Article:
Overcoming the Amygdala Part 39


Active Meditation’ is a term I invented to describe a set of different approaches to dealing with anxiety. But the underlying principles are not new or strange.

The idea is to prevent anxiety and panic from overwhelming an individual or dragging a person down into a state in which he or she finds it difficult to make decisions and take action, or to overthinking, and so on. Repressing anxiety, as we have seen, won’t work; fear will rise again, sometimes more intensely. But here are some simple techniques you can try based on mindfulness-based stress reduction and cognitive-behavioural therapies. No guarantee that they will work for everyone, but some you may find helpful.

A suggested prerequisite for them all is to relax mind and body as much as possible using standard meditation, though you can attempt each one ‘cold’, as it were — i.e. without any kind of prior de-stressing.

Remember, your amygdala is trying to protect you by predicting what could happen, but it’s geared to predicting the worst that could happen. Just because it’s thrusting those dark pictures at you doesn’t mean that they reflect what will actually happen: they’re just a set of predictions. Look at the objective evidence: how likely is it that the ultra-negative outcome will occur? Might there be anything good — or even neutral— that might happen instead? Which do you think is most likely to happen, based on your past experience and other information you have about the situation? What is your experience in the present? Something that is actually happening and something that might happen are not the same thing, even though your mind may treat them as the same.

1. Uncoupling


Picture your thought stream as a river of moving data passing through your mind, rather than the objective truth about a situation. Your amygdala is hypersensitive to threat and danger and has evolved from its experiences in keeping your ancestors alive in the wild, so it’s reasonable to assume that at least some of your thoughts may just be reactions generated by a biological mechanism that is orientated to simply keeping you alive. Whether or not you believe these thoughts, no matter how forceful they may seem, is up to you.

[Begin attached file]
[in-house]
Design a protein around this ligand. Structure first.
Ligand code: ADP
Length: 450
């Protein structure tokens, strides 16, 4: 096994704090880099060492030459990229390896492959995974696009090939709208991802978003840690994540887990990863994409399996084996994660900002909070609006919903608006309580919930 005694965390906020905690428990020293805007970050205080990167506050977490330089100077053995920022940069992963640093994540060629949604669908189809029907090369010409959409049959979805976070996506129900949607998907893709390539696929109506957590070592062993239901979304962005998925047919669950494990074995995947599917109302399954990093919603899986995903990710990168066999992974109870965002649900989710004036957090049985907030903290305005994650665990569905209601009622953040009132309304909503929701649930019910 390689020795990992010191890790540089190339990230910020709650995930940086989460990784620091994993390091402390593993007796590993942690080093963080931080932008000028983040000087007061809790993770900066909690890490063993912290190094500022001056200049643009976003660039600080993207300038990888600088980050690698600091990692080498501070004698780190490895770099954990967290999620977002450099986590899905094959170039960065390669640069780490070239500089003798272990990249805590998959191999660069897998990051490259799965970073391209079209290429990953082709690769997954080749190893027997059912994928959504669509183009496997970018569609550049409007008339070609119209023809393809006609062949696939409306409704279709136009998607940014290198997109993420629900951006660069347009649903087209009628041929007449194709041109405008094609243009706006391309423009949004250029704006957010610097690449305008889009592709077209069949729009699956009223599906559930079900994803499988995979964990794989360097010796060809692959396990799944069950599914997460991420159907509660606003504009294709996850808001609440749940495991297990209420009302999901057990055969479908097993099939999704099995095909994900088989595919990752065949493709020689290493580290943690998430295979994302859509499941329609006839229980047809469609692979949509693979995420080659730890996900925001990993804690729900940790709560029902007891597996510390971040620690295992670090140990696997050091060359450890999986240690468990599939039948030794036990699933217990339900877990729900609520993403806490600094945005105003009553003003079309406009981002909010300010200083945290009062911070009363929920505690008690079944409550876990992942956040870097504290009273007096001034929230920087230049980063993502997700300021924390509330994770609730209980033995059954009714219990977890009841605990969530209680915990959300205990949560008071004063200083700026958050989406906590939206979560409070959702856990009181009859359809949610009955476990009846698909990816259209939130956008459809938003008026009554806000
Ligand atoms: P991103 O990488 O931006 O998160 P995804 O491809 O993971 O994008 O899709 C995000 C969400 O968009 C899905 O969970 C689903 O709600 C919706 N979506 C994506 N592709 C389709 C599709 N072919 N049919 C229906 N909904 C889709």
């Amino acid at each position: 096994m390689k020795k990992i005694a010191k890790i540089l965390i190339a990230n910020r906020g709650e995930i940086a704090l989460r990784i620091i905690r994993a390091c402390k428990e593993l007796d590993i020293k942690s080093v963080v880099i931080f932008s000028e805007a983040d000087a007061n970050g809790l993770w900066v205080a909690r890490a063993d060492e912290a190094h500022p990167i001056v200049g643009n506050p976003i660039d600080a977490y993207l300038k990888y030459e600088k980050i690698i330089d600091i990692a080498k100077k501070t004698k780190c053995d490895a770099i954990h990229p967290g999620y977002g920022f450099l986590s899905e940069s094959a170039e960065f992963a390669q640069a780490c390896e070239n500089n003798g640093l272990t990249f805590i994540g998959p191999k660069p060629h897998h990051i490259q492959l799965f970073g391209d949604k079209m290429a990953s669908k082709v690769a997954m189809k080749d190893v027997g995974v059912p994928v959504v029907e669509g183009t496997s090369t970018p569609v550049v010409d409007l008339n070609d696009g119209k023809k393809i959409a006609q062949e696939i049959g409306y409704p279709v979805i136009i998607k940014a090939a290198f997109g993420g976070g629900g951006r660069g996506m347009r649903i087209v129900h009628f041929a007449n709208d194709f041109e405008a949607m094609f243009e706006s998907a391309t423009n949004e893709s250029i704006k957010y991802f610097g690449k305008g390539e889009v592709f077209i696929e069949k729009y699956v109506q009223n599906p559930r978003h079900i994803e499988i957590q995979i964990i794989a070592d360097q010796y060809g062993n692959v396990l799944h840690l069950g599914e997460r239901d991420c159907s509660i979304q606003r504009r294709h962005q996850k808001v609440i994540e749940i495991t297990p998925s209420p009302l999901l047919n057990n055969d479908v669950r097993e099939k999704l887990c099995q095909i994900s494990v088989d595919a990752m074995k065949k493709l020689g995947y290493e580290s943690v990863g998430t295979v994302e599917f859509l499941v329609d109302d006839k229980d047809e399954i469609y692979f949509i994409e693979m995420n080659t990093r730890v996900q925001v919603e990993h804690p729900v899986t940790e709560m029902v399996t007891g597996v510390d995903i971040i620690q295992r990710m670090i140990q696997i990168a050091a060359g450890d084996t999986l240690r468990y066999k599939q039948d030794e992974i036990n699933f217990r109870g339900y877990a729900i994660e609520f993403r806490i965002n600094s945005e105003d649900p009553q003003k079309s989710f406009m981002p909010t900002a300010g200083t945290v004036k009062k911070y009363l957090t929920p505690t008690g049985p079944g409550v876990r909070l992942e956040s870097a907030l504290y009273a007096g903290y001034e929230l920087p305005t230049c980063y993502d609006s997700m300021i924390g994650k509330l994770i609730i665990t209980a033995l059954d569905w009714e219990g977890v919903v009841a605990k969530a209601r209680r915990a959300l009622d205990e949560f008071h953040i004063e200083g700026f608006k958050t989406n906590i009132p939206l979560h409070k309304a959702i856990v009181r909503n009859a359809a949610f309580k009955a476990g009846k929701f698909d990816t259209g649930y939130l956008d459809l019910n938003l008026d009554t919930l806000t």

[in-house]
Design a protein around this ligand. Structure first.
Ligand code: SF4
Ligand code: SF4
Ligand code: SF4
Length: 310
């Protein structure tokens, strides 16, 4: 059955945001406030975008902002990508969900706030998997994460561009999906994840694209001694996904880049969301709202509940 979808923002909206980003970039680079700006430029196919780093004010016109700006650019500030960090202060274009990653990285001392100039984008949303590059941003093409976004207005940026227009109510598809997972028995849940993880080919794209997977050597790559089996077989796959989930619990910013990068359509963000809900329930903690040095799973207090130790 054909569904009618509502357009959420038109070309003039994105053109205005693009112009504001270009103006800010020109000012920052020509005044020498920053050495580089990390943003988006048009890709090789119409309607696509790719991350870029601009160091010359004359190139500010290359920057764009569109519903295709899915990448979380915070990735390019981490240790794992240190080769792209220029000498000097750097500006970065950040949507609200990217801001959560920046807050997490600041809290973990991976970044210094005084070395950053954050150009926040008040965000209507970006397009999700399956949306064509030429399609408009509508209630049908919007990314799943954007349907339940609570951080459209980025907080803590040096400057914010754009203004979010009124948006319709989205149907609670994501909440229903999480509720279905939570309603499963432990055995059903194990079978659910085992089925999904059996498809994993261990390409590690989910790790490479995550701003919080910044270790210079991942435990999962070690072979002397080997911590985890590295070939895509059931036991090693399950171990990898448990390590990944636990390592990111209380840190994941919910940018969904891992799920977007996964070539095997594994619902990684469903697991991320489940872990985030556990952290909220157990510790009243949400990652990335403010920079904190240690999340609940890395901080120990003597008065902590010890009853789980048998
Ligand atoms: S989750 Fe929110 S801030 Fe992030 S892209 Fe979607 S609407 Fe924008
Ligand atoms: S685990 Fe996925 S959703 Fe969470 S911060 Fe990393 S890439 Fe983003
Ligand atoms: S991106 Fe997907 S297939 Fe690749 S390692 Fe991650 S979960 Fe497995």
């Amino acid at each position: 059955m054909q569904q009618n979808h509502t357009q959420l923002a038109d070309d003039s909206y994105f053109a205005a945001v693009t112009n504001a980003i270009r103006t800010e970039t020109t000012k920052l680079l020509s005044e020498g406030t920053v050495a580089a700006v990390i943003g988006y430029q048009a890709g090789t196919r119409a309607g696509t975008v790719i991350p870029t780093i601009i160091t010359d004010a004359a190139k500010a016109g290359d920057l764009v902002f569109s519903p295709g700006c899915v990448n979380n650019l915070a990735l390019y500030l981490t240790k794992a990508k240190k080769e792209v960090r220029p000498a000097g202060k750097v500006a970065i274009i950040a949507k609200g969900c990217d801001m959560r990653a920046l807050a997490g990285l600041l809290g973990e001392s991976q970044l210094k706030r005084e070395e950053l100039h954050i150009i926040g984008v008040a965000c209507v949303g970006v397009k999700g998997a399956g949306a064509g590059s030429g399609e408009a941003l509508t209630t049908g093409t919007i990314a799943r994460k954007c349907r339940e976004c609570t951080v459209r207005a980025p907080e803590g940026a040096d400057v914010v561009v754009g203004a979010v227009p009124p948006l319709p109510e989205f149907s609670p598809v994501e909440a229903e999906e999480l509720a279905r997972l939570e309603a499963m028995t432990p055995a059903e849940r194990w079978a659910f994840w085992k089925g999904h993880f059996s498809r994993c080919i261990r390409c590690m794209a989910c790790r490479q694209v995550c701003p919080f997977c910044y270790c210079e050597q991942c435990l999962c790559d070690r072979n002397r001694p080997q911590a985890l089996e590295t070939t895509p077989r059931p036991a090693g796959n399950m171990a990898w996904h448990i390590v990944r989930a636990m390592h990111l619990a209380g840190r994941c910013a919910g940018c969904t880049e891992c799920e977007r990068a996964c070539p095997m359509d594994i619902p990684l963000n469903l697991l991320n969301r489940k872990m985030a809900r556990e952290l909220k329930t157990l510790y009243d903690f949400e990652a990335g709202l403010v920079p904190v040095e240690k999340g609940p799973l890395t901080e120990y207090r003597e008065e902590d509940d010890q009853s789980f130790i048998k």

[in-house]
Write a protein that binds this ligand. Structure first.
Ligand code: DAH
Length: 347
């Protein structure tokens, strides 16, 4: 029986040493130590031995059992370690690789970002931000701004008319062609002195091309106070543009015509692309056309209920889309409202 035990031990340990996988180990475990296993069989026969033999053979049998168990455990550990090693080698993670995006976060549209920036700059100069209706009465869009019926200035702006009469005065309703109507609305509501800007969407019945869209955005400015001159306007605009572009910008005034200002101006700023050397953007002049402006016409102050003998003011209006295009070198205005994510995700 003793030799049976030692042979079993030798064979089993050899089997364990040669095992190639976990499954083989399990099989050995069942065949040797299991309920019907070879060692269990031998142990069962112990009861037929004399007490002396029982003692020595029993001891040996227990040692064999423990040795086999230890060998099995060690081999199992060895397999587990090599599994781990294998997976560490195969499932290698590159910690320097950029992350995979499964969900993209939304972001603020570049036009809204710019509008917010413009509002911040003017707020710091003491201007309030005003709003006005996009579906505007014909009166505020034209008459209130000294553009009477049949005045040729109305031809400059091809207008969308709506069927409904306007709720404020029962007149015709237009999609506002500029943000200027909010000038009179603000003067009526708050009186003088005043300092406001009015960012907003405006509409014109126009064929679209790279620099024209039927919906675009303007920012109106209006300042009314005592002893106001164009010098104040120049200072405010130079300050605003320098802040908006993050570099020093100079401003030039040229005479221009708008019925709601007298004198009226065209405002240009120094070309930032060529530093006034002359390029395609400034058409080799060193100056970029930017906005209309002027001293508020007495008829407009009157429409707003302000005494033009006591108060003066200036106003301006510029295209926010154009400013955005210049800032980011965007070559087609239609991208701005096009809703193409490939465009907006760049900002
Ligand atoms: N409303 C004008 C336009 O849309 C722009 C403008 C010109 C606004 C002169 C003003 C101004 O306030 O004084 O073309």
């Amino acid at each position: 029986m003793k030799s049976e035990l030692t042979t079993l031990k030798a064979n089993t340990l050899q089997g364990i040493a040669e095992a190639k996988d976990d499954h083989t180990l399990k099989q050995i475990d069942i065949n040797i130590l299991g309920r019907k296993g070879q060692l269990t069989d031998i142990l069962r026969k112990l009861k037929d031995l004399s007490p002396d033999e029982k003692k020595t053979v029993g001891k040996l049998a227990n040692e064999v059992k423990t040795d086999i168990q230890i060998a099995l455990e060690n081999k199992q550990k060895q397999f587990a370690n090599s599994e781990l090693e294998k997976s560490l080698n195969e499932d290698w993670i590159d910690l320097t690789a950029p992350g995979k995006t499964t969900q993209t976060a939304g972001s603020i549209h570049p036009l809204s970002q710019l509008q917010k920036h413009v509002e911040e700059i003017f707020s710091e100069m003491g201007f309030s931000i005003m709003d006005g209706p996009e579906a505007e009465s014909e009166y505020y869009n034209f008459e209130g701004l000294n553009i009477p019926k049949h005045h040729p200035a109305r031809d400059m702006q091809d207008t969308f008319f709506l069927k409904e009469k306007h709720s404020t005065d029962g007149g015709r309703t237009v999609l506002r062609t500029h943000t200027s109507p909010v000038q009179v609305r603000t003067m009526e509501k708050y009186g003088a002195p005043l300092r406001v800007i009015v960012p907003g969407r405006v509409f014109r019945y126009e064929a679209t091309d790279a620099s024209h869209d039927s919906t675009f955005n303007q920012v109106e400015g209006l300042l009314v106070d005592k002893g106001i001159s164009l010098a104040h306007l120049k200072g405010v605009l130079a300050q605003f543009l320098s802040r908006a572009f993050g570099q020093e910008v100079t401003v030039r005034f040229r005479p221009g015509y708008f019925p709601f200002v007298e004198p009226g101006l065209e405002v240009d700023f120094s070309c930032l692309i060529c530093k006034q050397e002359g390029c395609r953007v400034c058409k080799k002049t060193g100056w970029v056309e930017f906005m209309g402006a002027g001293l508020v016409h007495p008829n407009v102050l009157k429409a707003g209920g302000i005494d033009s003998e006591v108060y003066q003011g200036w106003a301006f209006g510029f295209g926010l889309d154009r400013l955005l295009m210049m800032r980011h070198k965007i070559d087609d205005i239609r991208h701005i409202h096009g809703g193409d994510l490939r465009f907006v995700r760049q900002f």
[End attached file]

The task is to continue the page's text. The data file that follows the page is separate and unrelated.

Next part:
Get into a mental position from which you can observe your thoughts, like clouds floating by. Note how some of them — perhaps most of them — are a tangle of pictures and significance.

Can you ‘play’ with them?

Can you switch significances around so that they appear comical?

Are you able to at least note which ones attract your attention and which ones repel you?

If you’ve managed to see them as clouds, are you able to increase the distance between them and ‘you’ (the viewpoint doing the ‘watching’)?

2. Labelling


As thoughts sweep by, name them, rather than paying attention to their content. Label them as much as possible as judgments (how good or bad the situation is) or fears (that you are going to fail or experience a loss or suffer pain) or criticisms (how good or bad you are). After some practice, you may start to separate out the literal content of your thoughts and begin to isolate them as thoughts rather than ‘bits of you’.

This can lead into the next technique.


3. Spotting the Story


In the general jumble of thoughts passing through your mind, is there a story being told?

It might be one of four kinds: a story in which you are victorious, or in which you are welcomed back into warmth and security (in which case you’re probably not suffering from anxiety at that moment) or one in which you are individually doomed, leaving everything behind, or finally one in which you and everyone and everything else seems doomed together. If your narrative is one of these latter two, then anxiety is part of the ‘plot’.

Remember, your amygdala is biased, based on negative past experiences. Your more rational imaginative mind then tries to make these negativities ‘make sense’ by weaving everything into a narrative with some kind of meaning, even if the meaning is ‘the meaninglessness of everything’.

After a few sessions of this, you might see a pattern in your thinking which begins to look more and more to you like an invented story rather than a reflection of reality.

You can leave it there, or you can ask yourself two key questions: ‘Who is telling you that story?’ and ‘Why are they telling you that story?’


Your amygdala makes your attention contract and focus on an immediate threat. Of necessity, it excludes and dismisses context. All these things are attempts to put the context back. Is the situation really as important as your amygdala says it is? Will you still care about this problem in the future?

Try these approaches and see how you go.

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